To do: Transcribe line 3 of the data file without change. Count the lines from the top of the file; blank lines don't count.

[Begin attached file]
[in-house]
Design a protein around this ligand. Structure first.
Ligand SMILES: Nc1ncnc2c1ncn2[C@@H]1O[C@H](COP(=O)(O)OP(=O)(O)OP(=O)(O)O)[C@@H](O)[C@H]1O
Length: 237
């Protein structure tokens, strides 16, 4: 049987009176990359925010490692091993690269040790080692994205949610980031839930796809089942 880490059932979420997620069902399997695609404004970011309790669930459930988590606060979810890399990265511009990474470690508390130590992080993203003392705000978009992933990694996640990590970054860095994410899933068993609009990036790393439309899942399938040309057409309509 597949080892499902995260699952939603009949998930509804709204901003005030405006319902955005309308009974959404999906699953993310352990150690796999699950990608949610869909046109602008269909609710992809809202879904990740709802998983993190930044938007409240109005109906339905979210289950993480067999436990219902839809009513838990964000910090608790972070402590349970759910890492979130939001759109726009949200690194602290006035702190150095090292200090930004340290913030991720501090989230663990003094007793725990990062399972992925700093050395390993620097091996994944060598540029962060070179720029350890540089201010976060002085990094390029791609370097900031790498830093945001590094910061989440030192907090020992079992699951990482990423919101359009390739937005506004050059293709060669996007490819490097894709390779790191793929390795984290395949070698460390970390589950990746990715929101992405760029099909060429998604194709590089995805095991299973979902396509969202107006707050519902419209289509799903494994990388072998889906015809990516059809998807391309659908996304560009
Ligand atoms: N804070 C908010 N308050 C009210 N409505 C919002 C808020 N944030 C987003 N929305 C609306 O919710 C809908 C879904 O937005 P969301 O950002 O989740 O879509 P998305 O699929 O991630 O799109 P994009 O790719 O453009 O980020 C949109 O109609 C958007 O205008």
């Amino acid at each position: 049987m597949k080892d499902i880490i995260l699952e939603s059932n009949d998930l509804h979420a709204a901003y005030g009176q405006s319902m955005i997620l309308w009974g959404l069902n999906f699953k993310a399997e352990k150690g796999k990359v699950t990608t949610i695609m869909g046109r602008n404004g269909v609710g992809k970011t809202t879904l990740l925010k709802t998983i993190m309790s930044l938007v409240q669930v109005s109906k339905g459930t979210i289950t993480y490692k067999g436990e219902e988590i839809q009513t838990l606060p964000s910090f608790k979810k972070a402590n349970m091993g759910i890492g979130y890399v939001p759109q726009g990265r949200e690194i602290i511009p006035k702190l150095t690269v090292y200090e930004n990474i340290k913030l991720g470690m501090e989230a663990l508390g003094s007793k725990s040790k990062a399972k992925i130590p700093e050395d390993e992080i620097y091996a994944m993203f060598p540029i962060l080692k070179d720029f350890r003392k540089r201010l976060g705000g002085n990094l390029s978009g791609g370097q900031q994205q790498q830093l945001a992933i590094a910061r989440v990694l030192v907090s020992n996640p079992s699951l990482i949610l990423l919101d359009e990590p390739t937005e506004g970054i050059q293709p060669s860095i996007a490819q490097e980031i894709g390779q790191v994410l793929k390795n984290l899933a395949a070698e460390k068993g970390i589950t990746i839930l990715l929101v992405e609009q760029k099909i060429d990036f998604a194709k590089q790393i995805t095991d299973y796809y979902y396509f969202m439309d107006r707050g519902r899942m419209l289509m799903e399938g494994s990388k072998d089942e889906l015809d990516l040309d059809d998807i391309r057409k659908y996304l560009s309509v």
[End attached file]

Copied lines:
Ligand SMILES: Nc1ncnc2c1ncn2[C@@H]1O[C@H](COP(=O)(O)OP(=O)(O)OP(=O)(O)O)[C@@H](O)[C@H]1O